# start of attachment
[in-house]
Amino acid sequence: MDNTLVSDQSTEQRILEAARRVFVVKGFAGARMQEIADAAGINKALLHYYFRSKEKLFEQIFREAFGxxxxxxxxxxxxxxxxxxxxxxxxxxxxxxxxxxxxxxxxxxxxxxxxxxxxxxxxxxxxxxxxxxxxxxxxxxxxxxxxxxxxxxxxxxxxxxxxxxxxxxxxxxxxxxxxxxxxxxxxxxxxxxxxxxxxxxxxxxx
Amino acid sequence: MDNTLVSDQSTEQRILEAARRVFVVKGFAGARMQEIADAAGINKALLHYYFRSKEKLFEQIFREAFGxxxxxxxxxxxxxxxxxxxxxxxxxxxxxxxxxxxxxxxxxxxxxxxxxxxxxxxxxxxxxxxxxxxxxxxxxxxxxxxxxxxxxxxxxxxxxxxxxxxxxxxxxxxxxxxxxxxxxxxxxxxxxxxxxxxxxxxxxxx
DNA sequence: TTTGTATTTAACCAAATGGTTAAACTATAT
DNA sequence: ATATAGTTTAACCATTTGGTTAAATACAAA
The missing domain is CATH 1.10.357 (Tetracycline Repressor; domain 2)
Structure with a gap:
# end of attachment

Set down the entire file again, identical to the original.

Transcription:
[in-house]
Amino acid sequence: MDNTLVSDQSTEQRILEAARRVFVVKGFAGARMQEIADAAGINKALLHYYFRSKEKLFEQIFREAFGxxxxxxxxxxxxxxxxxxxxxxxxxxxxxxxxxxxxxxxxxxxxxxxxxxxxxxxxxxxxxxxxxxxxxxxxxxxxxxxxxxxxxxxxxxxxxxxxxxxxxxxxxxxxxxxxxxxxxxxxxxxxxxxxxxxxxxxxxxx
Amino acid sequence: MDNTLVSDQSTEQRILEAARRVFVVKGFAGARMQEIADAAGINKALLHYYFRSKEKLFEQIFREAFGxxxxxxxxxxxxxxxxxxxxxxxxxxxxxxxxxxxxxxxxxxxxxxxxxxxxxxxxxxxxxxxxxxxxxxxxxxxxxxxxxxxxxxxxxxxxxxxxxxxxxxxxxxxxxxxxxxxxxxxxxxxxxxxxxxxxxxxxxxx
DNA sequence: TTTGTATTTAACCAAATGGTTAAACTATAT
DNA sequence: ATATAGTTTAACCATTTGGTTAAATACAAA
The missing domain is CATH 1.10.357 (Tetracycline Repressor; domain 2)
Structure with a gap: